Indigenous people in A Passage to India are presented as unable to effectively live under British rule.
Indigenous people in A Passage to India find it difficult to live under British ways of life. Forster shows that the British control of India took away from indigenous people's ability to live free of interference. We can see this in a couple of characters:
- Dr. Aziz. He is presented as one who is eager to please the British, but is constantly rejected by them. His identity is that of an Indian who wants to be accepted by the British. After the accusation and trial, Aziz realizes that, as an Indian, he will never be accepted by the British.
- The Nawab Bahadur. He does favors for the English, and is forced to live a life on their terms. When Aziz is tried, he is unable to continue this and rejects the ideas of seeking to please the British.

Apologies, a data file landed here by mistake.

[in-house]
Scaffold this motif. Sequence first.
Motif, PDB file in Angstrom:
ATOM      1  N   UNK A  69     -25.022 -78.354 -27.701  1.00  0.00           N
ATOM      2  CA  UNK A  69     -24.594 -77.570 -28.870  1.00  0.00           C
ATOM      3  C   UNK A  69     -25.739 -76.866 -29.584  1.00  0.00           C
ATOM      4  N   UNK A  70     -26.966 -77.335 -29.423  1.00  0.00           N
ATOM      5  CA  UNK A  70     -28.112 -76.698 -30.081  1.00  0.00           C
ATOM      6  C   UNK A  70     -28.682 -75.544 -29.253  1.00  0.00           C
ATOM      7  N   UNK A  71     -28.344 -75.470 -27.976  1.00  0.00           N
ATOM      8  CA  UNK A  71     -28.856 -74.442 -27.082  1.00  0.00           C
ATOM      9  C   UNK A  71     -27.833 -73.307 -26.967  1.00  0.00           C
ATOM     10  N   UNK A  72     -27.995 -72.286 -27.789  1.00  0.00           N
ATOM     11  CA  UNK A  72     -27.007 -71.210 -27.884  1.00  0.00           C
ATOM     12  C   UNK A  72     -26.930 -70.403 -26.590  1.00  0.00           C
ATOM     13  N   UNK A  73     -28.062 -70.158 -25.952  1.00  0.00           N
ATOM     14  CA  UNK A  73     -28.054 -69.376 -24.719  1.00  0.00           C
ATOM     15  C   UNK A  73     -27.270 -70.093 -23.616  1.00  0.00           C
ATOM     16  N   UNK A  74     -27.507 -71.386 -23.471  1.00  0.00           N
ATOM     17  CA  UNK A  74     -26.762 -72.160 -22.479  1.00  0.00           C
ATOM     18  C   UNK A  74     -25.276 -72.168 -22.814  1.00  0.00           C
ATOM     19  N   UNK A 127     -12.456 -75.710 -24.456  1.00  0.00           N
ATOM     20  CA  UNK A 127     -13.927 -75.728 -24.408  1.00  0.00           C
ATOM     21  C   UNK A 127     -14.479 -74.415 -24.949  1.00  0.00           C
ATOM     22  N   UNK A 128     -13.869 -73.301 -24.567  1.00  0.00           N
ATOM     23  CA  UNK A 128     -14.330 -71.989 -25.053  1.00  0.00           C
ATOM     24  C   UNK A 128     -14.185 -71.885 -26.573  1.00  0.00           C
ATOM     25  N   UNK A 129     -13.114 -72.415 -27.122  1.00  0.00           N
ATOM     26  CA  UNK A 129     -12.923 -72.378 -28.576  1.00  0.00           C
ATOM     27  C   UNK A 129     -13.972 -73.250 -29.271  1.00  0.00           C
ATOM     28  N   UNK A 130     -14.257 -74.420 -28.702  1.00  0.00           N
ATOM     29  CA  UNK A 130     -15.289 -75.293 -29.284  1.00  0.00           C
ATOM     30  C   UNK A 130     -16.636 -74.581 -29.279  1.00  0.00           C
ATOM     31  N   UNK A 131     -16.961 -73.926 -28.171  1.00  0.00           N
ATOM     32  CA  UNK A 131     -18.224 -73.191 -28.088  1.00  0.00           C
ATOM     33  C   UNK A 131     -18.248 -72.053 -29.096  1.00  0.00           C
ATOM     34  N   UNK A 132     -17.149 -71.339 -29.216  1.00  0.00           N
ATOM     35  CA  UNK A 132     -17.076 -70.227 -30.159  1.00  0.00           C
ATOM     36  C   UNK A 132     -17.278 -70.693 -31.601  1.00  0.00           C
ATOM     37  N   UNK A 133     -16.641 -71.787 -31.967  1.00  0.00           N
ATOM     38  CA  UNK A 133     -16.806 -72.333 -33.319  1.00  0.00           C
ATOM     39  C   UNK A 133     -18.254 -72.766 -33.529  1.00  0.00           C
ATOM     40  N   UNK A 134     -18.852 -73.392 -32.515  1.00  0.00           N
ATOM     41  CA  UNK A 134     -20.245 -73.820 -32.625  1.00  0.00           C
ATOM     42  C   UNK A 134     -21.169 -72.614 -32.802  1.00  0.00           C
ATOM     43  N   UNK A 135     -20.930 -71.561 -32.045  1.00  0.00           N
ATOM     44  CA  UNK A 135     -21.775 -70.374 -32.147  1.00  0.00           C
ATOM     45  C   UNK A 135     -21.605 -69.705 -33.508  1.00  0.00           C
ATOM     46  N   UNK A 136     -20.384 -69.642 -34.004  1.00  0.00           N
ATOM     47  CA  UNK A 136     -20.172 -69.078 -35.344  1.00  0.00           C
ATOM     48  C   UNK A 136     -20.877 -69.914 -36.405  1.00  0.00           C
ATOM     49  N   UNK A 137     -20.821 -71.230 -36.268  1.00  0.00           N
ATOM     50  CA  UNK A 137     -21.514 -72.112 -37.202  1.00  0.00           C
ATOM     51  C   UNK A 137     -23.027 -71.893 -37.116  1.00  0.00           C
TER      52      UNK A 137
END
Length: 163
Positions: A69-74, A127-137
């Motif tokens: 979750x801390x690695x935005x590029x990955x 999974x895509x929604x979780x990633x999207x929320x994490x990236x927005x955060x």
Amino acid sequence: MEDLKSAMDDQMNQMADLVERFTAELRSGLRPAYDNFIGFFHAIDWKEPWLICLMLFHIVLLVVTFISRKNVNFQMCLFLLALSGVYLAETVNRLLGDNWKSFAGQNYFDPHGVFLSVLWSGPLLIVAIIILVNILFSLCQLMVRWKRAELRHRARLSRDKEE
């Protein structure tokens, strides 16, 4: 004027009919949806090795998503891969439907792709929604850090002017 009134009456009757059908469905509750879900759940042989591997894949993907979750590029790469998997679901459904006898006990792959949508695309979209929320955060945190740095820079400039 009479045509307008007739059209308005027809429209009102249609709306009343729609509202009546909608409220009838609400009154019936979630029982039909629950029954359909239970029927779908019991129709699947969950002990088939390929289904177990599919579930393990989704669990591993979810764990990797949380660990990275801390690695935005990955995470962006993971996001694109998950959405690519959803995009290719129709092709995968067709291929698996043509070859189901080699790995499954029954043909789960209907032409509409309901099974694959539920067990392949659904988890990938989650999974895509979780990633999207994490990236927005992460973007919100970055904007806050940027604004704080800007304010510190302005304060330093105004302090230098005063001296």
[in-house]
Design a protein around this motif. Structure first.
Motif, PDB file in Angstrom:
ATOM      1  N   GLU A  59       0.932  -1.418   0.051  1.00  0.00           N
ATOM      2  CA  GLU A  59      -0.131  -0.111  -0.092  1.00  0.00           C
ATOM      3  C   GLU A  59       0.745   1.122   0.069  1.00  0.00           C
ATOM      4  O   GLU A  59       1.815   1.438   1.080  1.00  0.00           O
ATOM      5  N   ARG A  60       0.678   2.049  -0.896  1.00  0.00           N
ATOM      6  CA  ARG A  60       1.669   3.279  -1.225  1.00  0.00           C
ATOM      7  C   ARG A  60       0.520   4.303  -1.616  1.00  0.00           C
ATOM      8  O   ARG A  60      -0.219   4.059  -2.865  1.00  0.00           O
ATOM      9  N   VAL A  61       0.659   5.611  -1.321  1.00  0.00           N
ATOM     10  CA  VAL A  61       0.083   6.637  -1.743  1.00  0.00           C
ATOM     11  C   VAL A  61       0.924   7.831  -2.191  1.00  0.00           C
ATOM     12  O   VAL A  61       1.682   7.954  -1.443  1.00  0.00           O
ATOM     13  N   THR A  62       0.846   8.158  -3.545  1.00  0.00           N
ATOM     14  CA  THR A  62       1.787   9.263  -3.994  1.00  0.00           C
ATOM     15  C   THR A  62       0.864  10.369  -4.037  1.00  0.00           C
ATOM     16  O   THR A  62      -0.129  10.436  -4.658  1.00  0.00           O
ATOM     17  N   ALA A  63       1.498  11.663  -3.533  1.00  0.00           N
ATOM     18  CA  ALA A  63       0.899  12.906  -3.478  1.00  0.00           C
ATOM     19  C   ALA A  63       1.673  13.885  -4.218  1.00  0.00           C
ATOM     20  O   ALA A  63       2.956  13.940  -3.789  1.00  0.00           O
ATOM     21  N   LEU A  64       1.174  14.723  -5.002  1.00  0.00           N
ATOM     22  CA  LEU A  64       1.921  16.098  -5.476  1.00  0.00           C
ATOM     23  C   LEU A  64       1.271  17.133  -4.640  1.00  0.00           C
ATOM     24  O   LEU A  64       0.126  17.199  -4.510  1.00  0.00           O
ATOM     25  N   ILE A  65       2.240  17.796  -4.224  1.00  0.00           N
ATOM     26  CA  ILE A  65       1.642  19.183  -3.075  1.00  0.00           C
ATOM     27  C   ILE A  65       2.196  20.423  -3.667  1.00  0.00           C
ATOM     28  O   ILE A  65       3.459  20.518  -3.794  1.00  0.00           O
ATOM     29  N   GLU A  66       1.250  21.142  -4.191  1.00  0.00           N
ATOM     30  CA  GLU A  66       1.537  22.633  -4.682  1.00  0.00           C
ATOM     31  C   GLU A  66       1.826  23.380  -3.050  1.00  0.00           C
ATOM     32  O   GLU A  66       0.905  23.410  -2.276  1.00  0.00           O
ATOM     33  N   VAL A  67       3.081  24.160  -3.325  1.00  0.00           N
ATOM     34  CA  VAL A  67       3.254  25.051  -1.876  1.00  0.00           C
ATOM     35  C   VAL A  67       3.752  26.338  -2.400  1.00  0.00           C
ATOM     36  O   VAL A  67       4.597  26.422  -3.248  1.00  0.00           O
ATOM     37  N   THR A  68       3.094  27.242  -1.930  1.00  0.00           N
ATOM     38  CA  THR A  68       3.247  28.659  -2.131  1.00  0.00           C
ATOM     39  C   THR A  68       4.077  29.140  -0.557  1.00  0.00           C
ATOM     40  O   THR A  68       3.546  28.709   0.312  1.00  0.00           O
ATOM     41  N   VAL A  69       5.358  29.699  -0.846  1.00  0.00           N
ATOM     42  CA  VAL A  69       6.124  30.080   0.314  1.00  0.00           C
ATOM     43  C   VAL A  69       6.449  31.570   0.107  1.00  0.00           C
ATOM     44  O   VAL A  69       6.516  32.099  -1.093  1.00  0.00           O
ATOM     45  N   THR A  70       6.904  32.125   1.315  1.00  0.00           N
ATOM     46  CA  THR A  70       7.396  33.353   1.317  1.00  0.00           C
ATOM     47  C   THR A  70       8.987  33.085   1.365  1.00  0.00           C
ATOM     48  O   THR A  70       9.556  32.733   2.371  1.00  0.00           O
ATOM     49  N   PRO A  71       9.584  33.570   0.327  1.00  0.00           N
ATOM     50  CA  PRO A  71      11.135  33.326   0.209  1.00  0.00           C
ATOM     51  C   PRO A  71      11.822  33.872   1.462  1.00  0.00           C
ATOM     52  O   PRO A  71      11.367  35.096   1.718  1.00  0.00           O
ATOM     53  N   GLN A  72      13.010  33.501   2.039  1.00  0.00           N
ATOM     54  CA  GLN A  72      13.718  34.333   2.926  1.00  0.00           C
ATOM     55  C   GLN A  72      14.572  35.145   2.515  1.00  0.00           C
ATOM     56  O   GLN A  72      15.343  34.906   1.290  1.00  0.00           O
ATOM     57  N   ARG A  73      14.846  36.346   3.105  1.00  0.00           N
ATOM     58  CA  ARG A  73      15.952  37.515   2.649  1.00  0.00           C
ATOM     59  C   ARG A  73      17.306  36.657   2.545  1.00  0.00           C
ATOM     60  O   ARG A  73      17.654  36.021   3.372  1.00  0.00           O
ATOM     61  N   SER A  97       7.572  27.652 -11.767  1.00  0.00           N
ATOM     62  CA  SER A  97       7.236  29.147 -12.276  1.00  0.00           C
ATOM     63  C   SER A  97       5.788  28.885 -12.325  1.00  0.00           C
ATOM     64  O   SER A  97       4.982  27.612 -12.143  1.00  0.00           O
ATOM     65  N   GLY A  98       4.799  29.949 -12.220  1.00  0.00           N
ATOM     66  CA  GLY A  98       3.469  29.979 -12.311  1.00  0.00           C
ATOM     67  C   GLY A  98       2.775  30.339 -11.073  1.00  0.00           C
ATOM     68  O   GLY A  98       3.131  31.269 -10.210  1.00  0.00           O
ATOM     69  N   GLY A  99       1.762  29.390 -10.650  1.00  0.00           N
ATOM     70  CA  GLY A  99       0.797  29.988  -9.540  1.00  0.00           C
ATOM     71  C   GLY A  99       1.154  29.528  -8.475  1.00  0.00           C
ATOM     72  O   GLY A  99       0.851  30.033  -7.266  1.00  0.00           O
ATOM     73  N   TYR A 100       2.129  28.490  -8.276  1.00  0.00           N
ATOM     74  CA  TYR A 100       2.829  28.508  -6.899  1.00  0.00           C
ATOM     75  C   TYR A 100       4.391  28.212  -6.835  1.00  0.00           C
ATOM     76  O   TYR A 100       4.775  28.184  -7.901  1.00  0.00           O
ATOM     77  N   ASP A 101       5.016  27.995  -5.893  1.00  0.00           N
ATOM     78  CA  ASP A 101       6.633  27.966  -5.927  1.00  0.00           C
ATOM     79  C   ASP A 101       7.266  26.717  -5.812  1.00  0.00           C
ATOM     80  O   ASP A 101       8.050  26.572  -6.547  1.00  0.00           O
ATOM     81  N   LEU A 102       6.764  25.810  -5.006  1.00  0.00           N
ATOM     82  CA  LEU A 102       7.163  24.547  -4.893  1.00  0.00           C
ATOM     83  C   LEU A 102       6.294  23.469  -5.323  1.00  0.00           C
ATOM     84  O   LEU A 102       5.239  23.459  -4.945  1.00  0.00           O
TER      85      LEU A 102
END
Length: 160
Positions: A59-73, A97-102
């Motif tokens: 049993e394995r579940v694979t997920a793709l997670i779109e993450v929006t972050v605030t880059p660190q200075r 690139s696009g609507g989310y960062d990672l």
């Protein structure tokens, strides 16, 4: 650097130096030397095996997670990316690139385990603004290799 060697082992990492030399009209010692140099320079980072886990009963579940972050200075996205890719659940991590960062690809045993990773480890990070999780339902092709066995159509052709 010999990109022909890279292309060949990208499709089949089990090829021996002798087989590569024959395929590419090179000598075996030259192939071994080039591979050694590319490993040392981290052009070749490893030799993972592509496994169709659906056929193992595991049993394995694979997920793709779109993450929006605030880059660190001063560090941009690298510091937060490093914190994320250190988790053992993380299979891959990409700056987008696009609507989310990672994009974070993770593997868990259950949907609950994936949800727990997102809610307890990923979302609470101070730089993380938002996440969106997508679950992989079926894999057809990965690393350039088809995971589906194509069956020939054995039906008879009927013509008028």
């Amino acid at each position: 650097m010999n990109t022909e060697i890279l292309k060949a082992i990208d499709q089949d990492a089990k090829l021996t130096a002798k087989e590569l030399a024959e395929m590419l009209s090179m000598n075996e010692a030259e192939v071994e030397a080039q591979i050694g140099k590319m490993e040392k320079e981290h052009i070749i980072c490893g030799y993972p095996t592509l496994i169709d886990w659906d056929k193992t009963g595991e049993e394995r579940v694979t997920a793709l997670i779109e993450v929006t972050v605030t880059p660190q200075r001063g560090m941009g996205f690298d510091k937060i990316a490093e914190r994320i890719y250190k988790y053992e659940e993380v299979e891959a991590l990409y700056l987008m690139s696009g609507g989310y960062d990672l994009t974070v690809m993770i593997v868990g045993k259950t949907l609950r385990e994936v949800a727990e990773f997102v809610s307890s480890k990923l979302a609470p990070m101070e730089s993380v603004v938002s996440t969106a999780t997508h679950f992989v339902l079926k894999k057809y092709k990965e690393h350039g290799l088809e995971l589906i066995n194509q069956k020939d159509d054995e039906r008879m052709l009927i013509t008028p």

- Mahmoud Ali/Hamidullah. Indians who are against the British. They are indigenous people who recognize that a choice must be made: India or the British.
- Professor Godbole. A professor of Hindu studies whose spirituality is not compatible with the British way of thinking. In a world of people believing in only one path, Professor Godbole's spirituality is complex and contains multiple layers to it.
In these instances, indigenous people are shown as being "different" than what the British expected when they settled in India. Indigenous people like these are presented as struggling to find happiness under British rule. They are shown to be "outsiders" to the British, who are "insiders" because they hold the power in India. Forster presents indigenous people in this manner to make a statement. He wishes to say that colonial control of India cannot be permanent if so many indigenous people are unable to find a way to effectively live their lives.